This week you'll complete the first of the course's two group assignments, per the syllabus. Here's a written prompt for that assignment ...
With your designated group, ride the bus south for a while, an hour or more. Each member of the group should be taking field notes as you travel, looking out for interesting things/events that could be understood as instances of institutions, interactions, or interpretation — the three I's that Prof. Anderson referred to.
When taking field notes: jot down whatever strikes you as significant. For example, how is that thing/event being communicated (or, conversely, how is it trying to not communicate)? Who is it communicating to (and who is excluded)? What is surprising or counterintuitive about it? These are examples of questions to consider.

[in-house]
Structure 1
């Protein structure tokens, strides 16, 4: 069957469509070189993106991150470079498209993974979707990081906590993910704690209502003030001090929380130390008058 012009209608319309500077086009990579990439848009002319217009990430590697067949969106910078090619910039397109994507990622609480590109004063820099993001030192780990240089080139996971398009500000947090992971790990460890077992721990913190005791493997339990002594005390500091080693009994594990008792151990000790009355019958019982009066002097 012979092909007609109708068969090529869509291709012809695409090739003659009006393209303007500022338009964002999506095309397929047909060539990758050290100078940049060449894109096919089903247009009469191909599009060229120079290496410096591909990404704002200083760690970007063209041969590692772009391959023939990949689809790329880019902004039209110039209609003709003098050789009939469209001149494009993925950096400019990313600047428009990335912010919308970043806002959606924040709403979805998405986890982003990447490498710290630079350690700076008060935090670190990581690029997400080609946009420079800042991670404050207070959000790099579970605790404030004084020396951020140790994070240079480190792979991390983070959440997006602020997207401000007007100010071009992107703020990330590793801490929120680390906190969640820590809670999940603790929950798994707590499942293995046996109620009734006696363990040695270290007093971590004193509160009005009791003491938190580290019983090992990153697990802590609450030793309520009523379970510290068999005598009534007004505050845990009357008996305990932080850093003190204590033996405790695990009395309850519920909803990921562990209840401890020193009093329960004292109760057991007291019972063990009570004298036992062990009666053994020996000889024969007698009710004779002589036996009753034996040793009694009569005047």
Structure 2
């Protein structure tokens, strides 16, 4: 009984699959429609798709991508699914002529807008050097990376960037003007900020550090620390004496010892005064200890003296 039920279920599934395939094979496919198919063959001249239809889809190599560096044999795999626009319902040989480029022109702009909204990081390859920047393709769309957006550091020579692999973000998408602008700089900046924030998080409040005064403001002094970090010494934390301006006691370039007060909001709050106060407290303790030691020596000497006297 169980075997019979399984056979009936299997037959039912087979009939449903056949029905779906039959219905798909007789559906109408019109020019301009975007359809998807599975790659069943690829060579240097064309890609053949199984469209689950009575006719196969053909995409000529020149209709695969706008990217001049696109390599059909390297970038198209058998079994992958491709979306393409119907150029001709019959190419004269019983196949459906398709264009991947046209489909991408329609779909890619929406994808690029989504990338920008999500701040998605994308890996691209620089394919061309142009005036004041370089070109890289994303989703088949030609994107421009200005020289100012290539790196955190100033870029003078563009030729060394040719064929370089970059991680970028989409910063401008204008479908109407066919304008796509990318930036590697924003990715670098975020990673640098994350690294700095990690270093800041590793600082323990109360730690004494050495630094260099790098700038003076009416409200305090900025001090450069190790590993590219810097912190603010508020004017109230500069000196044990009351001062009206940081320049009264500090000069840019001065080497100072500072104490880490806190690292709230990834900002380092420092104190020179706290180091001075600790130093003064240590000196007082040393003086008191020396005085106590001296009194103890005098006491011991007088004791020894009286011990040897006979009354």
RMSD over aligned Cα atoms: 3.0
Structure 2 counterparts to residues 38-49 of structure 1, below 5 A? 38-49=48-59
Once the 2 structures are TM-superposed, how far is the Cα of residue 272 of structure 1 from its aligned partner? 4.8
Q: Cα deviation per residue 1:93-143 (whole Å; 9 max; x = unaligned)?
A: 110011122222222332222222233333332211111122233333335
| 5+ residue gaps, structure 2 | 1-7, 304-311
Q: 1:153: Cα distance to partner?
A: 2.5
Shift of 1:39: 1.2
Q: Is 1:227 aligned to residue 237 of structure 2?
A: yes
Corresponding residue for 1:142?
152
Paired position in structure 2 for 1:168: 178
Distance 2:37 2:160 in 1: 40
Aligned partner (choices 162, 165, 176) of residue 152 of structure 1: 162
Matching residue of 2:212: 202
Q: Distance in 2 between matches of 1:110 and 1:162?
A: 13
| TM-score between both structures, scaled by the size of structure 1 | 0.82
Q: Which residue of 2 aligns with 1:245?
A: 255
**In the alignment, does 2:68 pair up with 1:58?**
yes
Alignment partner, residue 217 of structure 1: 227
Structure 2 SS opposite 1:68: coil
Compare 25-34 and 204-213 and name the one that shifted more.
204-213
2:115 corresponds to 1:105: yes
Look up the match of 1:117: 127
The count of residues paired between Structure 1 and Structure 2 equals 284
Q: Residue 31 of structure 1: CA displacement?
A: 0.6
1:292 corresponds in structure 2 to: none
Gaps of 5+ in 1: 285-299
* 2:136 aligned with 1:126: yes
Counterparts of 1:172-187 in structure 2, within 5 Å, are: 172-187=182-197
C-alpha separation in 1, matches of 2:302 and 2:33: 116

Then, as a group, go through all your notes. Pick out a couple of things to talk about and collectively write at least 500 words for each "I." Don't split up the writing; do it together. If you are wondering: Can I write about the same object/event as an example of more than one "I", the answer is yes, of course! That would be so cool and interesting!
That's all. Remember, try to keep the big questions in mind (what is communication, when/where does it happen, and what are its effects?), and
let whatever is most interesting to you lead your writing.
During lecture on Monday, Jan. 25, you will hand in one typed, double-spaced copy of your group essay (with everyone's names on it), and — stapled to it — each person's notes (with names written clearly on each set of notes).